#BoycottNRA: Could Brand Backlash Be the Gun Lobby's Downfall?

Consumers are calling out brands that do business with the NRA. 

A group of people at the #BoycorrNRA protest
Flickr / joshlopezphoto

The #BoycottNRA movement that’s been gaining steam on social media resulted in some significant wins this week. Enterprise Holdings Inc., which runs cars rental companies Enterprise, Alamo, and National, and First National Bank of Omaha announced the ending of their partnerships with the NRA, signaling a new phase in the movement for gun control since the Parkland, Florida shooting.

In addition to discounts on car rentals and the option to apply for the official visa credit card offered by First National, a $40 annual NRA membership includes a number of benefits for members — and a marketing opportunity for participating companies. These include fellow car rental companies Avis, Budget, and Hertz; TrueCar, a car buying service; moving companies Allied Van Lines and North American Van Lines; and MetLife insurance, among others. Additionally, the NRA Business Alliance offers its members additional perks, like discounts at FedEx. ThinkProgress has the full list of companies.

See also: Why Americans Buy Guns After Mass Shootings, According to Psychology

On Thursday, First National Bank became the first to sever ties with the NRA, saying on Twitter: “Customer feedback has caused us to review our relationship with the NRA. As a result, First National Bank of Omaha will not renew its contract with the National Rifle Association to issue the NRA Visa Card.”

A few hours later, Enterprise followed suit, also on Twitter, saying, “All three of our brands have ended the discount for NRA members.”

But it’s not just companies that directly market to NRA members through membership perks that are connected to the gun lobby. Many other American businesses also benefit, directly or indirectly, from the gun industry.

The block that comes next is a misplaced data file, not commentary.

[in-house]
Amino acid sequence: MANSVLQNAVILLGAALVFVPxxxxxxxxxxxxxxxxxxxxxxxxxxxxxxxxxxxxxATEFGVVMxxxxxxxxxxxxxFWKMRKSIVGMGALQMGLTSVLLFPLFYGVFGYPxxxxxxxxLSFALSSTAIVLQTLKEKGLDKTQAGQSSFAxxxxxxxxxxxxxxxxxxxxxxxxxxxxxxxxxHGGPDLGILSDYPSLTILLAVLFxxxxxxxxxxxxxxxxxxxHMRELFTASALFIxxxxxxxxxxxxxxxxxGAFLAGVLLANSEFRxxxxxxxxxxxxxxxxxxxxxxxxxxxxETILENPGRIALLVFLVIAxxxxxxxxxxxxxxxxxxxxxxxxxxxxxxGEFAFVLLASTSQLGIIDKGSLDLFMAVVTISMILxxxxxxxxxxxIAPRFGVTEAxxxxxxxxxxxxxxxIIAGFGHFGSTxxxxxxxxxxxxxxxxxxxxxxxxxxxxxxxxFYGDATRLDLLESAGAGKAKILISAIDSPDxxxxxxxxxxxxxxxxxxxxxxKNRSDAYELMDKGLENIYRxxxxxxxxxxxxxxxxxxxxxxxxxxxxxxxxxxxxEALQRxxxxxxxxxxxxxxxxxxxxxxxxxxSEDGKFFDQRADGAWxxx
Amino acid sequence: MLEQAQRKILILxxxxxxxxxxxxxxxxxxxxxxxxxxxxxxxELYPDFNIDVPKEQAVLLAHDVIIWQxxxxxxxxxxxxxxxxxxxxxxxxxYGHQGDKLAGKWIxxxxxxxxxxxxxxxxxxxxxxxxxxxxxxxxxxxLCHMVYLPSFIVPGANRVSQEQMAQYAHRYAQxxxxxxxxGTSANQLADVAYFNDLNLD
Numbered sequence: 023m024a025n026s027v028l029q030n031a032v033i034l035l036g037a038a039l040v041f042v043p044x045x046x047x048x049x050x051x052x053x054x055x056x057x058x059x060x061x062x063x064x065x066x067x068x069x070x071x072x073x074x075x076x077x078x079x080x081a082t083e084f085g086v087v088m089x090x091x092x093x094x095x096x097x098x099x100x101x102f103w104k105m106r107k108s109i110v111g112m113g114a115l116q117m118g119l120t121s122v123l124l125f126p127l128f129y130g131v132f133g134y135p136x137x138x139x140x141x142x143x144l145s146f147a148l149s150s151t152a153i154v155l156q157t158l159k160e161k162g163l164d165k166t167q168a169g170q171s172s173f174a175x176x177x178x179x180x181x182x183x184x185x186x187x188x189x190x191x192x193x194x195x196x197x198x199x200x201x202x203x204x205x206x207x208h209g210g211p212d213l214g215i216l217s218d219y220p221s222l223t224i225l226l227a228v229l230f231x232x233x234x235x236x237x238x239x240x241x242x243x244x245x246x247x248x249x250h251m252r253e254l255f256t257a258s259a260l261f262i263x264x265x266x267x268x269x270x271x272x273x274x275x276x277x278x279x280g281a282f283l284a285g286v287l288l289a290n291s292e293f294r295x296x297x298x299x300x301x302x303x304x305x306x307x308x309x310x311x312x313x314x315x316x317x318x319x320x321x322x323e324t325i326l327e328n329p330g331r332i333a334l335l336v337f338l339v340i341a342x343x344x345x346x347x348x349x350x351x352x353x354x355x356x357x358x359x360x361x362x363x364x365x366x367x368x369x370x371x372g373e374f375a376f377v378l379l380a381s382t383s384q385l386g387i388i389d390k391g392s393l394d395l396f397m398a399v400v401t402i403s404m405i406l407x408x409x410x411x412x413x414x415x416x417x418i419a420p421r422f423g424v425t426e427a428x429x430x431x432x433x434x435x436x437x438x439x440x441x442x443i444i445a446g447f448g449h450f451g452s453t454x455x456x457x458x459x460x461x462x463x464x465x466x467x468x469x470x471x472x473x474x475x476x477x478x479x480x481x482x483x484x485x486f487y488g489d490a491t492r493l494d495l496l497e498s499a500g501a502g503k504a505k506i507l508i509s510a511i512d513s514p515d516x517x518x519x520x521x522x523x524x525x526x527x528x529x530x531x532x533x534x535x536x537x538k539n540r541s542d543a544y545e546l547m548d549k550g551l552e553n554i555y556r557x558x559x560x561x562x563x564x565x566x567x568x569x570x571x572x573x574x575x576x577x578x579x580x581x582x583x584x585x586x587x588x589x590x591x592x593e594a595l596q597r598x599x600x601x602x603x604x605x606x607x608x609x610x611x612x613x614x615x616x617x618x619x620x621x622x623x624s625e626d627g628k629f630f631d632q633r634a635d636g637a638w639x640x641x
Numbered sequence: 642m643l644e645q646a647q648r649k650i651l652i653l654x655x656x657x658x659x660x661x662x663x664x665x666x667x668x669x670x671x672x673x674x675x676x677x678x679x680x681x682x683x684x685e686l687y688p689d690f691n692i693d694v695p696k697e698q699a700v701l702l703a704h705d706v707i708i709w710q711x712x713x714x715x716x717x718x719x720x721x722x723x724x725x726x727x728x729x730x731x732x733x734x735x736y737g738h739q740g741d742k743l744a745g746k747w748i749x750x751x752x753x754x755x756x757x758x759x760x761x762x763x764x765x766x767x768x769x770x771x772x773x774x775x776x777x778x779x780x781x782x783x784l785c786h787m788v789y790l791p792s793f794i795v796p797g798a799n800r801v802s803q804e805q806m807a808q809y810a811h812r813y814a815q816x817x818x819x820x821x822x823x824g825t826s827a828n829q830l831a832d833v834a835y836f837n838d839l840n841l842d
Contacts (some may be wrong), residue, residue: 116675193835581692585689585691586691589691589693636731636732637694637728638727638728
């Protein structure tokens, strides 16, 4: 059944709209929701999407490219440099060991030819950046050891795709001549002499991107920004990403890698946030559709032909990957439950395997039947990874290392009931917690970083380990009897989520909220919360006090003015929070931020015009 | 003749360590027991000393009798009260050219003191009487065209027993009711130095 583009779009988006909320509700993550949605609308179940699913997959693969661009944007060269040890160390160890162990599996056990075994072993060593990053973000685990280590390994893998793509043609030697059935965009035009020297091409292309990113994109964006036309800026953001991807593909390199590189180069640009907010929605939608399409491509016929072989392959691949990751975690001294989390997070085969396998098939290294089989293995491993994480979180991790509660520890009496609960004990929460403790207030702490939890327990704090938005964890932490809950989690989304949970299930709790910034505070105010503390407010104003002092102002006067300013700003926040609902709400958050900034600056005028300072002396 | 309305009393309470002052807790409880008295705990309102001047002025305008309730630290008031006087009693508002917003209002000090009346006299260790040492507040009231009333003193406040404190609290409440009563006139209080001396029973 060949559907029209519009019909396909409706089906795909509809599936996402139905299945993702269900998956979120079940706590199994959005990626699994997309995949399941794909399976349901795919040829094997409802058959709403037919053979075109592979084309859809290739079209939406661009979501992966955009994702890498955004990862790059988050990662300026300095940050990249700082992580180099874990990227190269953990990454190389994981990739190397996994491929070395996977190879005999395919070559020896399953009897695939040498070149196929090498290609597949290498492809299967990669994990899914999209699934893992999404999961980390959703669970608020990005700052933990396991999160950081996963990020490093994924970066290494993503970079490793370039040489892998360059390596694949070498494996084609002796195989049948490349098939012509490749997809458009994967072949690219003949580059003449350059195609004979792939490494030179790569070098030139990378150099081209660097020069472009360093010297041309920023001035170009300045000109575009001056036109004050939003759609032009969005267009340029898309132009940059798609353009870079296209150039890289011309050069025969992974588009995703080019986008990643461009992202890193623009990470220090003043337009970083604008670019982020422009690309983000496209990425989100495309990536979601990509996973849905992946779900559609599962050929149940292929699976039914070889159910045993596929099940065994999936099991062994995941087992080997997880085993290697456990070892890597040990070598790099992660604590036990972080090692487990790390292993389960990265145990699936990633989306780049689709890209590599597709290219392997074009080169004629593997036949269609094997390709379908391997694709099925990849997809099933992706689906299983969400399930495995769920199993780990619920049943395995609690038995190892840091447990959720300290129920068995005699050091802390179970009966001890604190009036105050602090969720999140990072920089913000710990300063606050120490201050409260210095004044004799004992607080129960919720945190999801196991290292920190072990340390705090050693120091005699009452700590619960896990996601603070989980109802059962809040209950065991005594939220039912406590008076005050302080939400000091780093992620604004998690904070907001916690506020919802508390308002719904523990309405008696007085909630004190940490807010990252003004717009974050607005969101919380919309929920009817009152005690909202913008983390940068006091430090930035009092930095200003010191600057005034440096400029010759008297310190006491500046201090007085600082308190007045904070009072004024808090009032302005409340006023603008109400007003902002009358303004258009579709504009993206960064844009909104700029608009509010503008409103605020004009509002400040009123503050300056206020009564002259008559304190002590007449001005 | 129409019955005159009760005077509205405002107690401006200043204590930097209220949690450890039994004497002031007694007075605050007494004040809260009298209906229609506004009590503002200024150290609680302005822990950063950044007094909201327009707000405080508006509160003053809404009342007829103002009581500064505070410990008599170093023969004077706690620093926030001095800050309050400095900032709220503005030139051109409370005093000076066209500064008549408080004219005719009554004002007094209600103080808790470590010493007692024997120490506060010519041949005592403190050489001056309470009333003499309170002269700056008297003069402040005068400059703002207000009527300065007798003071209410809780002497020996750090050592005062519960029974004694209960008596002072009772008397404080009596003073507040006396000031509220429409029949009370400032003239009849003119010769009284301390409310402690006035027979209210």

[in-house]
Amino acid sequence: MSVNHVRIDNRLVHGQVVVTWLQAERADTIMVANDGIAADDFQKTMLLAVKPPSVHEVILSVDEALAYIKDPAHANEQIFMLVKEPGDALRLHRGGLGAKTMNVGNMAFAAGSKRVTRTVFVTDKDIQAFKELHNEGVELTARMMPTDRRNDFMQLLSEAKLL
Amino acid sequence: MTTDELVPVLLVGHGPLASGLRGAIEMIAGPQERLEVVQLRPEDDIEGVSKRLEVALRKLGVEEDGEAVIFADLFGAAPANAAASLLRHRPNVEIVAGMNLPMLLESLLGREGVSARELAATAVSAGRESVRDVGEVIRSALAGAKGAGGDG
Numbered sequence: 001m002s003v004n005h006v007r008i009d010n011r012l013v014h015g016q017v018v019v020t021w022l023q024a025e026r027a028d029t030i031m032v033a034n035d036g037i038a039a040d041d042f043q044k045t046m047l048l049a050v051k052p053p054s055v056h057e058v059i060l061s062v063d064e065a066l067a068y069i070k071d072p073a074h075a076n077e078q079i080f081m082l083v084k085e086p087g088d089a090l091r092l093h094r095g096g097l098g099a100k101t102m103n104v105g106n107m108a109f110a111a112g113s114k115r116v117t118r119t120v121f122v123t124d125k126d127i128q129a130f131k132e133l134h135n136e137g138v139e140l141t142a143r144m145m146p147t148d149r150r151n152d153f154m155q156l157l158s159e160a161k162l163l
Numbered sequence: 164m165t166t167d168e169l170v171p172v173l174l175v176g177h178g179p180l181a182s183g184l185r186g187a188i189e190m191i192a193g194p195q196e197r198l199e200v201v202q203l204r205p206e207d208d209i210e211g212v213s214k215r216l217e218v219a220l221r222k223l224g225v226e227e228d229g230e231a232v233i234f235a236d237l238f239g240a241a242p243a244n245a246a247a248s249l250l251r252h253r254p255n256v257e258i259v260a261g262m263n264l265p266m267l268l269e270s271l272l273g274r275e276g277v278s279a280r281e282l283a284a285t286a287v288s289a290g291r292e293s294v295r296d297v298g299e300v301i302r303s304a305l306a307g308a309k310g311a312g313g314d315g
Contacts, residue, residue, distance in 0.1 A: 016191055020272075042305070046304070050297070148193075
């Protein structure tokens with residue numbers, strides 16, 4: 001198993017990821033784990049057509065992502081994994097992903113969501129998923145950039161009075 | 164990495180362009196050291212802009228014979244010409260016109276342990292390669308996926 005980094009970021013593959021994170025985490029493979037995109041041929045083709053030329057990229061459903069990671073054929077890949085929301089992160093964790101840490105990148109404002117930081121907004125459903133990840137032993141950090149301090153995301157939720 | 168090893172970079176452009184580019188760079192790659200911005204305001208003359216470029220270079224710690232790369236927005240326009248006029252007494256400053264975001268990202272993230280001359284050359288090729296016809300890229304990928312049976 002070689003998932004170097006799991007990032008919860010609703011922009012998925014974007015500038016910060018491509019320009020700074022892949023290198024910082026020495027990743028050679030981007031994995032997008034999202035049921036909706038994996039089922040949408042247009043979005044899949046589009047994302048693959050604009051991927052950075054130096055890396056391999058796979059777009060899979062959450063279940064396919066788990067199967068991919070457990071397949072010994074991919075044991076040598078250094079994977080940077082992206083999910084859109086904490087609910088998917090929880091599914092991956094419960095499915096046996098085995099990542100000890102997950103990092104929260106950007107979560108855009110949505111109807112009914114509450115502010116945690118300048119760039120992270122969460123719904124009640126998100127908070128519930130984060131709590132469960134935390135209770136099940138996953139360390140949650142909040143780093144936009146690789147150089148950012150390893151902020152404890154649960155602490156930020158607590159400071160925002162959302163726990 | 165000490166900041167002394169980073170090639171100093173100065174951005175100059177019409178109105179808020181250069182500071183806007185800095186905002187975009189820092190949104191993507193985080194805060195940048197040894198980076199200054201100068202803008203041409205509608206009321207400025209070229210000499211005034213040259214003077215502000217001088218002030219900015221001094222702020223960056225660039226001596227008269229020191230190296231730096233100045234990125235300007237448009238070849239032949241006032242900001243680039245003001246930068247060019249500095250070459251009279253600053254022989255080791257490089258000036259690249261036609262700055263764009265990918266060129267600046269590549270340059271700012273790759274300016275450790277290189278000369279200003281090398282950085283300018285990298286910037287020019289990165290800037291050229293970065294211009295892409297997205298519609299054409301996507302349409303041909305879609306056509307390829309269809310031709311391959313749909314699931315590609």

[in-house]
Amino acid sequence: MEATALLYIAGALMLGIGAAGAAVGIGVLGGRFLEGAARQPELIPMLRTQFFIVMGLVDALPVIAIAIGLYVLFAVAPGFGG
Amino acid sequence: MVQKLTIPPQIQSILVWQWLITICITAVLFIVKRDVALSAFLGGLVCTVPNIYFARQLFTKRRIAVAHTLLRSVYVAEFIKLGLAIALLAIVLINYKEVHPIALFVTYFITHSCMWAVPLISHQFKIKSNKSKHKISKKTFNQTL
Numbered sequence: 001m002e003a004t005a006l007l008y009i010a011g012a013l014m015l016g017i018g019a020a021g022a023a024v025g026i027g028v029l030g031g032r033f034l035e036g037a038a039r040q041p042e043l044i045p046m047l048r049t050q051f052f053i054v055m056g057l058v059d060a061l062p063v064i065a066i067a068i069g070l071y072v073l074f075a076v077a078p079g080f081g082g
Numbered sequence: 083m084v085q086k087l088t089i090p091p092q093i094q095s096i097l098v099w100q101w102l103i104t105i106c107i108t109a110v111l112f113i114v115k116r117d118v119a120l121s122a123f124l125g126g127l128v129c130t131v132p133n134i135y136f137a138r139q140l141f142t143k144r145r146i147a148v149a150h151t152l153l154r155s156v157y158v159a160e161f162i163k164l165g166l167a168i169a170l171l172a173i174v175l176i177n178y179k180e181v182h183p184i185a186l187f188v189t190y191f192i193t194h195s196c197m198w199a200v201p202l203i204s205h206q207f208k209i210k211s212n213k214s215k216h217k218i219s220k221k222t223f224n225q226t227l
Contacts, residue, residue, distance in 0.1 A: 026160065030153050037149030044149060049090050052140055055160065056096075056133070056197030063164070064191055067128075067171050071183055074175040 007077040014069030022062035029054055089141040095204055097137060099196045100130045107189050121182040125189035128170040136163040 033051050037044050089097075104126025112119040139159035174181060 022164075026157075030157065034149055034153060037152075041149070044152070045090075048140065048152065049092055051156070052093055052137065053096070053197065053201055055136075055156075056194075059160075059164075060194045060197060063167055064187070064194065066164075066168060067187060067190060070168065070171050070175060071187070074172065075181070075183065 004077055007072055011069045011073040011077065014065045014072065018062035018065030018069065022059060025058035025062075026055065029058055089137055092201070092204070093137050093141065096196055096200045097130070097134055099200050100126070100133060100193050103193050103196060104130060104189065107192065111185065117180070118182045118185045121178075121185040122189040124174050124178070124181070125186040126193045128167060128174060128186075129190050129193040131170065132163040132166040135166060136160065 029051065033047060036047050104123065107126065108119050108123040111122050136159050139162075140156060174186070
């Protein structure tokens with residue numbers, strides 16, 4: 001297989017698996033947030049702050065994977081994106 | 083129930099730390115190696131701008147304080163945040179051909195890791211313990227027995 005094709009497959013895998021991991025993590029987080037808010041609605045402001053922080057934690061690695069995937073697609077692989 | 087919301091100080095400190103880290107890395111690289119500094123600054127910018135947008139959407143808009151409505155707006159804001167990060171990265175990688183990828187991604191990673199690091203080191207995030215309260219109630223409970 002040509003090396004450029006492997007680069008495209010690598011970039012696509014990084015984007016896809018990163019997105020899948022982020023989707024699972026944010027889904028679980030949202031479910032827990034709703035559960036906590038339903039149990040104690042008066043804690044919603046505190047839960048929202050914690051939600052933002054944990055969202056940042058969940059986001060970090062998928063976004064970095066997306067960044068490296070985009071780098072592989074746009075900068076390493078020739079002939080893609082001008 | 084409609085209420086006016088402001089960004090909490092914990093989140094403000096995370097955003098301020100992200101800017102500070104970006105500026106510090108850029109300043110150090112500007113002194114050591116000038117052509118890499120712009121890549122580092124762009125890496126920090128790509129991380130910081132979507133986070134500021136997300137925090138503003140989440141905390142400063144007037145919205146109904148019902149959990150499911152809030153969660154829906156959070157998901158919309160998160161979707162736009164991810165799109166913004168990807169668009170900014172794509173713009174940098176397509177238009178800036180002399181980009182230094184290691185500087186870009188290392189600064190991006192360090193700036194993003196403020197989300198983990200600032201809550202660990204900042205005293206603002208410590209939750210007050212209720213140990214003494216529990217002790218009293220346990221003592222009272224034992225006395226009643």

For example, Avon and Staples. Both have received significant investments from the private equity firm Cerberus Capital Management — which has also invested heavily in firearms small businesses.

Bicyclist and blogger Aaron Naperstek took to Twitter on Tuesday to point out some of the connections to the gun industry that some popular biking and outdoor brands have. Popular CamelBak water bottles; Camp Chef outdoor cooking stoves; Bell, Gyr, and Razkulls bike brands are just some of the companies that belong to Vista Outdoors, a holding company that also owns gun and ammunition brands like Savage Arms, BLACKHAWK!, Federal Premium Ammunition, and Bushnell.

Vista Outdoors derives an estimated 40 percent of its business from guns and ammunition, according to analysis by CNN Money. One of its brands, Savage Arms, makes an AR-15-style assault rifle, and it’s also the seventh largest gun maker in America.

After Naparstek called out the brands, some bicyclists and outdoor enthusiasts responded by suggesting that they would shop elsewhere. With more and more consumers chiming in, the #BoycottNRA hashtag has gained more momentum, and it’s leading to corporate action.

While it’s still unclear to what extent consumer boycotts alone can actually hurt the businesses that they are targeting, it’s worth noting that corporate boycotts have become an increasingly common — and effective — influencer in public policy.

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